Brussels – The European Parliament embraced a resolution Wednesday prompting Japan to boost its child custody rules, under which European moms and dads in Japan have little option in case of residential child kidnapping by a Japanese partner.
Members of the parliament are “concerned over the high number of parental child abduction cases due to the reluctance of Japanese authorities to comply with international law,” the resolution claimed.
The resolution additionally contacted Japanese authorities “to enforce domestic and foreign court decisions on the return of the child and on access and visiting rights after the parents’ relationship has ended, in order to bring their domestic laws in line with their international commitments and obligations.”
Parliament participants shared remorse that Japan, as a critical companion, has actually fallen short to follow worldwide rules on child kidnapping.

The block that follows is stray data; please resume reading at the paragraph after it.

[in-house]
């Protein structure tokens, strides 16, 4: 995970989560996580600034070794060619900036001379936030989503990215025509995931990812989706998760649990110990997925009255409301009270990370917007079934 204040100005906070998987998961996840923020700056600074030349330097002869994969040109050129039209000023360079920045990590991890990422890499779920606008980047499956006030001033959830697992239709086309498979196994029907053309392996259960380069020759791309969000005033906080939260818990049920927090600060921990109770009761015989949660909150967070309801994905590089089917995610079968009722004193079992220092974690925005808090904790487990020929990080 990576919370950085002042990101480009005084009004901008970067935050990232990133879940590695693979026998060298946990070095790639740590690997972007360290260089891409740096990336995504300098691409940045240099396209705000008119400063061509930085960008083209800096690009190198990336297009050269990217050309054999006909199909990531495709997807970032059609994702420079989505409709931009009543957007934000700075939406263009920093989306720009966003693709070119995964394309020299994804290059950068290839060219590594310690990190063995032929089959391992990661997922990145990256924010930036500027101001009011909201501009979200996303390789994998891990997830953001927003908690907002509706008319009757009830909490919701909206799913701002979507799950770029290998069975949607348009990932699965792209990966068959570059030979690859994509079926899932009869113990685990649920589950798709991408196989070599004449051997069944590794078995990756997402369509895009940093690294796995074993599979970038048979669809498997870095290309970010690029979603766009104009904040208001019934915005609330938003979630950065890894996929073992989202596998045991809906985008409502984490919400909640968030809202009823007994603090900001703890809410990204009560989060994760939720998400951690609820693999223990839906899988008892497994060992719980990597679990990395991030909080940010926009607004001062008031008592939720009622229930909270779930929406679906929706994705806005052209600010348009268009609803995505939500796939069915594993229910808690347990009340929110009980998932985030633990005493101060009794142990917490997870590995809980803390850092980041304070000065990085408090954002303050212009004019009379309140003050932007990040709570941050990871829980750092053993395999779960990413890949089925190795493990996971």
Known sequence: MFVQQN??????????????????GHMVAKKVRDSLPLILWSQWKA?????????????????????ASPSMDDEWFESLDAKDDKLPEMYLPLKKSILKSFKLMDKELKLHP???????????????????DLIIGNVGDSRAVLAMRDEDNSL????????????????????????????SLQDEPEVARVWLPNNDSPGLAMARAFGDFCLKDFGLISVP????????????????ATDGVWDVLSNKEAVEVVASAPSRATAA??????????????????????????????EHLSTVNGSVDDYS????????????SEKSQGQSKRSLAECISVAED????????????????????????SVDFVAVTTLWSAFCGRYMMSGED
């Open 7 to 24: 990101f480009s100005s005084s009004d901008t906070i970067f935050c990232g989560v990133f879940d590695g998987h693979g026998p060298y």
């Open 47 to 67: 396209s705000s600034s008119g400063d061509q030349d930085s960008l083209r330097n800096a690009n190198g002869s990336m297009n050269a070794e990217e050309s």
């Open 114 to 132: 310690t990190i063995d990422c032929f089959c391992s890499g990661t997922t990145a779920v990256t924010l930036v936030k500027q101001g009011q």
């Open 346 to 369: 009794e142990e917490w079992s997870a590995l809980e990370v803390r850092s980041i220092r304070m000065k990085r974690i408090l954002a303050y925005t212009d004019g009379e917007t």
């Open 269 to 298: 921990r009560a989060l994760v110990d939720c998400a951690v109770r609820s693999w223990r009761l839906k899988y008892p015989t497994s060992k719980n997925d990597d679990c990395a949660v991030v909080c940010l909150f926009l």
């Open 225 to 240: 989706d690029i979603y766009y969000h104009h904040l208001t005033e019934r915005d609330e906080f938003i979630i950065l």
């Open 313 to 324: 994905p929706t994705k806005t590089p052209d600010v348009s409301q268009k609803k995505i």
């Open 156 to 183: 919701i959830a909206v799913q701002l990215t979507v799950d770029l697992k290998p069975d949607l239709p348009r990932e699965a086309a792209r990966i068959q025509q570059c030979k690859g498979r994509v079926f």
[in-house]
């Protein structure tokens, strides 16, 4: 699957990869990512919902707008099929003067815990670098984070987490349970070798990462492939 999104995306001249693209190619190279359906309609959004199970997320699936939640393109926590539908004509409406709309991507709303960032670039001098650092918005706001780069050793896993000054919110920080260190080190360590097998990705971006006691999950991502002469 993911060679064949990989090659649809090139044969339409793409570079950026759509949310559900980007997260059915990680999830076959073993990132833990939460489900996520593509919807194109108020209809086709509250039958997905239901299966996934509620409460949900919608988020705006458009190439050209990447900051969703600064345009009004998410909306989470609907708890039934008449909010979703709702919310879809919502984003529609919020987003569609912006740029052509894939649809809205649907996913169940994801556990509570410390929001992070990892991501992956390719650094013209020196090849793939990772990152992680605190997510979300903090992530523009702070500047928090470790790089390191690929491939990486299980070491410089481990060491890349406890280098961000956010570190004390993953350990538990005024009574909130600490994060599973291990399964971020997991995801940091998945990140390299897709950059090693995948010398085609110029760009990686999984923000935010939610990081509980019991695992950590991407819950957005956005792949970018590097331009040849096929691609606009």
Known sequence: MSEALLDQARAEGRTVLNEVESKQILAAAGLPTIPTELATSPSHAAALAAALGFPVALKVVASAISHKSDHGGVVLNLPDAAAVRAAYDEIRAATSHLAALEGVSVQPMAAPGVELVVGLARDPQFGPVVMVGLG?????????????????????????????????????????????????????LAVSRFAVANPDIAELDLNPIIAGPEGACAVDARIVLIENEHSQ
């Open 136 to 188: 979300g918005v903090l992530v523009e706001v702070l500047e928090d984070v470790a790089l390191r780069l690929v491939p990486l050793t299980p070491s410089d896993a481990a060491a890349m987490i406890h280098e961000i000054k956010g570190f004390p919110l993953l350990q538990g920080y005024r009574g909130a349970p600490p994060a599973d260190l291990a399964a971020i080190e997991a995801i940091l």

Japan is currently a celebration to the 1980 Hague Convention on the Civil Aspects of International Child Abduction, a worldwide treaty giving a structure for the return of a child abducted by a moms and dad living in one more nation. But its concepts have no straight application to residential kidnappings.
According to the parliament, it has actually gotten “a significant number of appeals in the past few years on cases of Japanese parental child abduction and visiting rights, where one of the parents is an EU citizen.”
On this issue, the Committee of Petitions of the European Parliament embraced a comparable resolution last month.